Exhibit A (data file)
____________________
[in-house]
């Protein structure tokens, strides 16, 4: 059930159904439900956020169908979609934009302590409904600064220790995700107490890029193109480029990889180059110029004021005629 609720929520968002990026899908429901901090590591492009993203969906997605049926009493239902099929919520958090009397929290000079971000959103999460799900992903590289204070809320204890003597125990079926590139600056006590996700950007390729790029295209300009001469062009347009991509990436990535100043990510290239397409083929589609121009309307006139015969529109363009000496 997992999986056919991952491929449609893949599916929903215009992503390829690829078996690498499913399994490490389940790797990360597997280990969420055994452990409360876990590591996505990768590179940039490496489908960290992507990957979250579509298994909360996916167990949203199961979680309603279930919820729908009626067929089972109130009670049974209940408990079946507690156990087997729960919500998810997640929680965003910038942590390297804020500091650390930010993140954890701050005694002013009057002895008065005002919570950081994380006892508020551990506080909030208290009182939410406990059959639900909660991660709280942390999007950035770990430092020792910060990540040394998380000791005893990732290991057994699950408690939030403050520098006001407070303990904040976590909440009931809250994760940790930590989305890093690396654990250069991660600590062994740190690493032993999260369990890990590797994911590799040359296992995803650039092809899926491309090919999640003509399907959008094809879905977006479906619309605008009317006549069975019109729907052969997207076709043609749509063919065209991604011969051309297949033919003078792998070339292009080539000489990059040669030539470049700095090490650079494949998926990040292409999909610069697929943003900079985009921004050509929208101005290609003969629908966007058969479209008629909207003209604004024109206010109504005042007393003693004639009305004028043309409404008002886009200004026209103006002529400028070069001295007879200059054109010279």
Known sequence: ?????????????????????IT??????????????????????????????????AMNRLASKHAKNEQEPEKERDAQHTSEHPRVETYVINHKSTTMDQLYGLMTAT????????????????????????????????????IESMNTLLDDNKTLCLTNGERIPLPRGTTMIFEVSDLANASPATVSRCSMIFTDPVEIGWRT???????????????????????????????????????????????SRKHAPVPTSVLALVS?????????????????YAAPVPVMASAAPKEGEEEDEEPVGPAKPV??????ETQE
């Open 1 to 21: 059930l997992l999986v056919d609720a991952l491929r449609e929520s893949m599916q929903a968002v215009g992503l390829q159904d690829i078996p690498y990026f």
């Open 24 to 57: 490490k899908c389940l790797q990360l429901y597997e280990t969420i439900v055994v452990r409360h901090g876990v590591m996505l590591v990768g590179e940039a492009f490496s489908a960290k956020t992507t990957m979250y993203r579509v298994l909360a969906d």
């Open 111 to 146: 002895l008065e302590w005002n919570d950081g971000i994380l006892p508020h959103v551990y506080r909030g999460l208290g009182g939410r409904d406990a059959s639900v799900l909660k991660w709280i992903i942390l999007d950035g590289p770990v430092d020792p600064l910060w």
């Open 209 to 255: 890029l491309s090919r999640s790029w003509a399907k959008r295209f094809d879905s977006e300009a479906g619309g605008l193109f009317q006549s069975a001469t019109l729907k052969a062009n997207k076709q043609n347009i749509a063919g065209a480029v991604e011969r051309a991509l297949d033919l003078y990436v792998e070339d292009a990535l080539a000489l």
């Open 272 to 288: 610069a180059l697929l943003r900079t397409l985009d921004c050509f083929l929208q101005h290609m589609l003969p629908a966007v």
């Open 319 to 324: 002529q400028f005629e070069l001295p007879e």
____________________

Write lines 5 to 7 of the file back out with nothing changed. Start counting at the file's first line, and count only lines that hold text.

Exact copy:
């Open 24 to 57: 490490k899908c389940l790797q990360l429901y597997e280990t969420i439900v055994v452990r409360h901090g876990v590591m996505l590591v990768g590179e940039a492009f490496s489908a960290k956020t992507t990957m979250y993203r579509v298994l909360a969906d």
């Open 111 to 146: 002895l008065e302590w005002n919570d950081g971000i994380l006892p508020h959103v551990y506080r909030g999460l208290g009182g939410r409904d406990a059959s639900v799900l909660k991660w709280i992903i942390l999007d950035g590289p770990v430092d020792p600064l910060w």
């Open 209 to 255: 890029l491309s090919r999640s790029w003509a399907k959008r295209f094809d879905s977006e300009a479906g619309g605008l193109f009317q006549s069975a001469t019109l729907k052969a062009n997207k076709q043609n347009i749509a063919g065209a480029v991604e011969r051309a991509l297949d033919l003078y990436v792998e070339d292009a990535l080539a000489l």